Two theories were proposed to me. First is the concept that a single box or one group of attached speakers, even with isolation between the tweeter, midrange, etc..., simply has too much vibration to create the same sort of soundstage and holographic imaging that you get from a monitor. Second is that it is rare that the ideal speaker location for mid and high frequencies is the same as low frequencies without significant room tuning.

This was consistent regardless of price range and dealer I went two. It was uncommon that any floorstander outperformed a monitor with a few exceptions and it was more that the monitor under performed vs. my expectations rather than me being wowed by a floorstander.

Ultimately I settled in on Raidho and got a spectacular deal on a pair of dealer demo's of the C1.1s (~60% off) which I will be picking up later this month. Thus I want to get those in and setup before I really dig into tuning since what I will need to do with these would be different than the Revel's along with the upcoming new space.

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PostSubject: Re: Bierfeldt's System (new to Tunelend)   Sat Mar 04, 2017 7:06 am

Hi Bierfeldt & Hi Guys

To make a comment on #2 " I have concluded I prefer the sound of a monitor with two subwoofers vs. a floorstander. I have had a couple of conversations on this topic and wanted to see what you guys think."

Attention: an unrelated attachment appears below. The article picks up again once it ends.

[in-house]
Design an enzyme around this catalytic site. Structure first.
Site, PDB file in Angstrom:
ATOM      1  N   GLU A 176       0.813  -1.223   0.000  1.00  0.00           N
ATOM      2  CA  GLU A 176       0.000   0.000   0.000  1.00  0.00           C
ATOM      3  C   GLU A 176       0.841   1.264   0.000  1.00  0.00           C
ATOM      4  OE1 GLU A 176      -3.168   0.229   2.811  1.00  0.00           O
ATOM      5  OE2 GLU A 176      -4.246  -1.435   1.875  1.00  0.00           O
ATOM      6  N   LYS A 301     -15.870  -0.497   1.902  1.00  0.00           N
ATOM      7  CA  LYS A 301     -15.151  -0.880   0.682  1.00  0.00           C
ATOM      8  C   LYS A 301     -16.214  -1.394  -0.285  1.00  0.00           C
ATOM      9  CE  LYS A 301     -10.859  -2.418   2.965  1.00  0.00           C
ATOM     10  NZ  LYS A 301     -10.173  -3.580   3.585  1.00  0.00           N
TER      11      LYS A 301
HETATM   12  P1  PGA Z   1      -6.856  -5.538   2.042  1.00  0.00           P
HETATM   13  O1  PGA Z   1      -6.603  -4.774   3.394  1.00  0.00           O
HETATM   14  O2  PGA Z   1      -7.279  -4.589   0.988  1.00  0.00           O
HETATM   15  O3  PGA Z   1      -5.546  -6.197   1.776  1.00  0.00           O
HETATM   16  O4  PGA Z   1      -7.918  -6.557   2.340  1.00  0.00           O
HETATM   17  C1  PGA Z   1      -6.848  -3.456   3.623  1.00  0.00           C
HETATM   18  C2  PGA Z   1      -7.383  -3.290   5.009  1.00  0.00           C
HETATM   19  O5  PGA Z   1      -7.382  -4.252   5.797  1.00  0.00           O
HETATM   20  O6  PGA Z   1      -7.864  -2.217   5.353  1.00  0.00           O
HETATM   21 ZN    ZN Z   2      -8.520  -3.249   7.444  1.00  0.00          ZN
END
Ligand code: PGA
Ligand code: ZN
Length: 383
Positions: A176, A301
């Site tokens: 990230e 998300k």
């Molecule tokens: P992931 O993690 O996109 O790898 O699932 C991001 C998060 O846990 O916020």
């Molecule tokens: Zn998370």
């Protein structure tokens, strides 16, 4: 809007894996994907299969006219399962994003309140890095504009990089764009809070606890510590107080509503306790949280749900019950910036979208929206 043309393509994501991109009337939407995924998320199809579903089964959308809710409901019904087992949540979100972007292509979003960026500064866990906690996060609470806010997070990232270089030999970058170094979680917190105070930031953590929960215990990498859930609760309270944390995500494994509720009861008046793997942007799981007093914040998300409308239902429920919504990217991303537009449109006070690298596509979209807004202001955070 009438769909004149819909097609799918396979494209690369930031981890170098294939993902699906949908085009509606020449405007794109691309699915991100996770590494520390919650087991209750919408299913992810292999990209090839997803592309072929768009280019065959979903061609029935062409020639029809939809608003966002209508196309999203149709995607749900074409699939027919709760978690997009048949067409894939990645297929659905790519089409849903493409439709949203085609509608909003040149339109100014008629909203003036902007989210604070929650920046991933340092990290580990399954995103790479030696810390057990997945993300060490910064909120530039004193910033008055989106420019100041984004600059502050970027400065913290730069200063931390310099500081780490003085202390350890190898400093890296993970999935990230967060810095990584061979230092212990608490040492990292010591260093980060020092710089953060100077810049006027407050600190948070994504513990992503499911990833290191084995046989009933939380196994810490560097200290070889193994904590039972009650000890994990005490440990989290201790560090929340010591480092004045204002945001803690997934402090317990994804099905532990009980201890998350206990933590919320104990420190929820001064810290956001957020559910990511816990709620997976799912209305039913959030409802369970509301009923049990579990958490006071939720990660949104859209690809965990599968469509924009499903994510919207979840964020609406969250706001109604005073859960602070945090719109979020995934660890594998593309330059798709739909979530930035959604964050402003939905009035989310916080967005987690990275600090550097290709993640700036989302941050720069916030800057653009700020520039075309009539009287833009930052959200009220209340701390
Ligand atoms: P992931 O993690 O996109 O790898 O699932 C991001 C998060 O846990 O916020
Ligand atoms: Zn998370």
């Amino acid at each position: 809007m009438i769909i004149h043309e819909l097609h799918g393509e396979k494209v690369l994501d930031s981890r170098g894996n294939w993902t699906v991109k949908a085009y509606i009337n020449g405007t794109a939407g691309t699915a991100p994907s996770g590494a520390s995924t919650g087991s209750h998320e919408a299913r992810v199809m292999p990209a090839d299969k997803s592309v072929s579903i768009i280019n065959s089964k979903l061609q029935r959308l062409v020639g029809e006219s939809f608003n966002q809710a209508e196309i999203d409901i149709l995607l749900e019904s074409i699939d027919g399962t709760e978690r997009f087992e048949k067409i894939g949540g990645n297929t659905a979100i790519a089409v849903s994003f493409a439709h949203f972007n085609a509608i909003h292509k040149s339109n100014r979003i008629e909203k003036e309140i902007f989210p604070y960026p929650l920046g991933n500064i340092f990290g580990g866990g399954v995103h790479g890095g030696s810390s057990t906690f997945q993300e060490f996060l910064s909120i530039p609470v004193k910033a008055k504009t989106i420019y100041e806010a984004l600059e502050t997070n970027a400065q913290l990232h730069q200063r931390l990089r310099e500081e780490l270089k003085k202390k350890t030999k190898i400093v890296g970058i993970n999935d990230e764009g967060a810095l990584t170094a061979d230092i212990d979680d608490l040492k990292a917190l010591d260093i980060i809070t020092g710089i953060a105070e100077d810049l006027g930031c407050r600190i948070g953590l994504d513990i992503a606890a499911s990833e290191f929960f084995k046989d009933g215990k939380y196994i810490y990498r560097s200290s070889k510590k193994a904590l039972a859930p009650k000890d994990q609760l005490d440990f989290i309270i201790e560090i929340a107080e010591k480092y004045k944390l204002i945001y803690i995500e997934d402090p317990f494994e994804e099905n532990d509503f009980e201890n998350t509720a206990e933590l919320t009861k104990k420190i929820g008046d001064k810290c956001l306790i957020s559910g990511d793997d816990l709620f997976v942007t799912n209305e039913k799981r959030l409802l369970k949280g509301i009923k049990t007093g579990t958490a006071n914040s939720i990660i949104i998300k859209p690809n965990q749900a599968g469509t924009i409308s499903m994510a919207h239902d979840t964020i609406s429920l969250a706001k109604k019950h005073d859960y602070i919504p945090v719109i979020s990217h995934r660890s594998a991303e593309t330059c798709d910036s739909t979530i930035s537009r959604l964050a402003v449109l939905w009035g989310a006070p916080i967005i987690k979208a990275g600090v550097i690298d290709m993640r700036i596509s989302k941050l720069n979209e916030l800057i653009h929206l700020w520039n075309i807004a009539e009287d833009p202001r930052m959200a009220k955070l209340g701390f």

I've had the chance now to play with a few of Michael's speakers and have learned much about the room-speaker interface that I never knew before or even thought possible. Some of the questions and thoughts I've had in the past have been turned upside down then right side up again. Because of this, never again will I try to make a speaker fit a room or vice versa. Rooms and speakers were meant to be one. Reading Mr. Green is one thing but experiencing the tune with Michael around is like attending the Yale of listening. The first lesson learnt is that a tunable system can achieve any sound the listener wants to go after. This statement for me and my wife seemed far fetched until MG himself took us on the most important musical trip of our lives.

My advice for any audiophile would be plan a visit to Tuneland before making any serious audio move. I guarantee you'll never make an audio purchase the same way as before you visited.
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PostSubject: Re: Bierfeldt's System (new to Tunelend)   Sat Mar 04, 2017 11:03 pm

Laughing yep Laughing I would have to say not so fast Laughing

My local friends get to see a work in progress and may have a better sense of methodology than those visiting for the first time. So, I think it better that I have a chance to do my slow vibe groove before doing actual tuning demos. I do appreciate the enthusiasm though Smile

I want to be sure the place is comfy and cozy and not looking or feeling too much like a tuning factory this time around. Let's see if I can achieve that goal in a couple of months and then we can revisit the "when?" issues.